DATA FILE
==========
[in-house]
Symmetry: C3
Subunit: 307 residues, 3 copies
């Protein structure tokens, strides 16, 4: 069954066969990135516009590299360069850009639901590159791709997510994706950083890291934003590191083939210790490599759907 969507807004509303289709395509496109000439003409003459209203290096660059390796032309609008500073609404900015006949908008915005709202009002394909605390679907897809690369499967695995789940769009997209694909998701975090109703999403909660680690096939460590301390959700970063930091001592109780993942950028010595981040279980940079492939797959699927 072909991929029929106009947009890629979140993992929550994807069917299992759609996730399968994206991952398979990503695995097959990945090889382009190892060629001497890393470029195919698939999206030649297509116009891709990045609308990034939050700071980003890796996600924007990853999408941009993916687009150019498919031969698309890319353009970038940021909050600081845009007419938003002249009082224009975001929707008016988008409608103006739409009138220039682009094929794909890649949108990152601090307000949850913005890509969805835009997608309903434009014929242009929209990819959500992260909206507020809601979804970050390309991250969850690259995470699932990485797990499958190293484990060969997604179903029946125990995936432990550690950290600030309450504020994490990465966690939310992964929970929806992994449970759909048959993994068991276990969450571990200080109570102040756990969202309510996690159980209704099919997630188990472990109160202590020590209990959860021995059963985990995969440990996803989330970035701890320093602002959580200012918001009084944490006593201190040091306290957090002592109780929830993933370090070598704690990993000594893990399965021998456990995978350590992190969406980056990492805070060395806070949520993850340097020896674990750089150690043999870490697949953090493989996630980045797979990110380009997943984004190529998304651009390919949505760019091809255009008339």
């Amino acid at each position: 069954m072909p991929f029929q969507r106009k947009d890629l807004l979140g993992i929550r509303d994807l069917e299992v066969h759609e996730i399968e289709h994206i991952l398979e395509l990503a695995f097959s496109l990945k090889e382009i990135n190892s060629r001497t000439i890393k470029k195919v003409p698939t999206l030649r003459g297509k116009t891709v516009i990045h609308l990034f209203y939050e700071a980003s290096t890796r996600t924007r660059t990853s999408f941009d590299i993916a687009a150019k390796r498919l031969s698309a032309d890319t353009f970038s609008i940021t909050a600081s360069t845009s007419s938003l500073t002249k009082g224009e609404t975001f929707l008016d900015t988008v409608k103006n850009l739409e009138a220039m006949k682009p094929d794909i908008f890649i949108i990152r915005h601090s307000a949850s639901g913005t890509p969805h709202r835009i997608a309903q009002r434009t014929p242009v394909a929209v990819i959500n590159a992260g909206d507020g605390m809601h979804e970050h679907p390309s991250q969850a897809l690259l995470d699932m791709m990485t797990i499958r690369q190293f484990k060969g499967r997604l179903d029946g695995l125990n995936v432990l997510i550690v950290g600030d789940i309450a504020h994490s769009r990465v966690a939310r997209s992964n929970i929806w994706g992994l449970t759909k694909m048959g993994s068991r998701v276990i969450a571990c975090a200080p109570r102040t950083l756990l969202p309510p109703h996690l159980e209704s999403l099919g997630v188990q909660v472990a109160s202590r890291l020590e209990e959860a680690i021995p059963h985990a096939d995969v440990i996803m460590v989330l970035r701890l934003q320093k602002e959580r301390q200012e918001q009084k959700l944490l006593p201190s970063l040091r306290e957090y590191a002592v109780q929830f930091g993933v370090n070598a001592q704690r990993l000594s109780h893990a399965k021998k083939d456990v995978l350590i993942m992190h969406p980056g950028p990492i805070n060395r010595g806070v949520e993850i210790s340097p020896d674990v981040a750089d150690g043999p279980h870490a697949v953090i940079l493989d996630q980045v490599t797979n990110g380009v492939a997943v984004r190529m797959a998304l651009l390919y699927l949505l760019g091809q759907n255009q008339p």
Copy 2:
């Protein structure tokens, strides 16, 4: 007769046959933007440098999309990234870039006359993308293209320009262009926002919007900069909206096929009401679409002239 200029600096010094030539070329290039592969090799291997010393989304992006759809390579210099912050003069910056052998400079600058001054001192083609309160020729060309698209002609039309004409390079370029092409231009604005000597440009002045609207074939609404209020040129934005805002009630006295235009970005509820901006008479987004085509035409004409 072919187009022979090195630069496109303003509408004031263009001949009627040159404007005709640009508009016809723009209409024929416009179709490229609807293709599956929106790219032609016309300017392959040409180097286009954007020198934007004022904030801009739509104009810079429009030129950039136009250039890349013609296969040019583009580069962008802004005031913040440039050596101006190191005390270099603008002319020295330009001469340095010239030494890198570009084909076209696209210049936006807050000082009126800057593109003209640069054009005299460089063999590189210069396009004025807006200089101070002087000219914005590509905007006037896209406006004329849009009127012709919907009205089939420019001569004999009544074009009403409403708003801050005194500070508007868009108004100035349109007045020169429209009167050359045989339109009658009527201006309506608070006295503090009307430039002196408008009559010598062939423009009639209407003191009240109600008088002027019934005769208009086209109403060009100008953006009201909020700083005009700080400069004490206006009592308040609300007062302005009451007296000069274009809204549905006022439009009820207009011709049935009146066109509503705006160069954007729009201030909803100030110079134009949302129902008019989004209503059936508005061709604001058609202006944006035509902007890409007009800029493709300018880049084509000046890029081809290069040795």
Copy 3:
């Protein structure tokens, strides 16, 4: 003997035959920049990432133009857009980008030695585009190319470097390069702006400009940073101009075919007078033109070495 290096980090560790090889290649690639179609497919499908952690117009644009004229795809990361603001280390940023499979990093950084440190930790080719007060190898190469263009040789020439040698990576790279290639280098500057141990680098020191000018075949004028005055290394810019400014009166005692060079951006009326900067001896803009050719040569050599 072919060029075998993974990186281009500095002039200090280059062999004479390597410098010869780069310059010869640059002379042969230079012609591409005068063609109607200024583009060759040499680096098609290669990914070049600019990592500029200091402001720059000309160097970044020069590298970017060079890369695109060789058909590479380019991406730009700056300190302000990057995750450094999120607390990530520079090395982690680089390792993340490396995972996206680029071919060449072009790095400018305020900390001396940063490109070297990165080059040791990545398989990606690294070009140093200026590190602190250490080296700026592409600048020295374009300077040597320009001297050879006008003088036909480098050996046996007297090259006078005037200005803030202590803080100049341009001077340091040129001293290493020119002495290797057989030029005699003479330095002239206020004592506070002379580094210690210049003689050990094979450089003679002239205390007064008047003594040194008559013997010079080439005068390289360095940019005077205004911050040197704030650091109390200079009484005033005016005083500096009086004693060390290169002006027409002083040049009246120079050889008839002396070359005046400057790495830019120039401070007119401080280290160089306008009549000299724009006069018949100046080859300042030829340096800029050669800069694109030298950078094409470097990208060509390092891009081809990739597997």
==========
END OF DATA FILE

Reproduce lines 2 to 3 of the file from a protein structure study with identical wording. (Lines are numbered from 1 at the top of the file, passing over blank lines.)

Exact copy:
Symmetry: C3
Subunit: 307 residues, 3 copies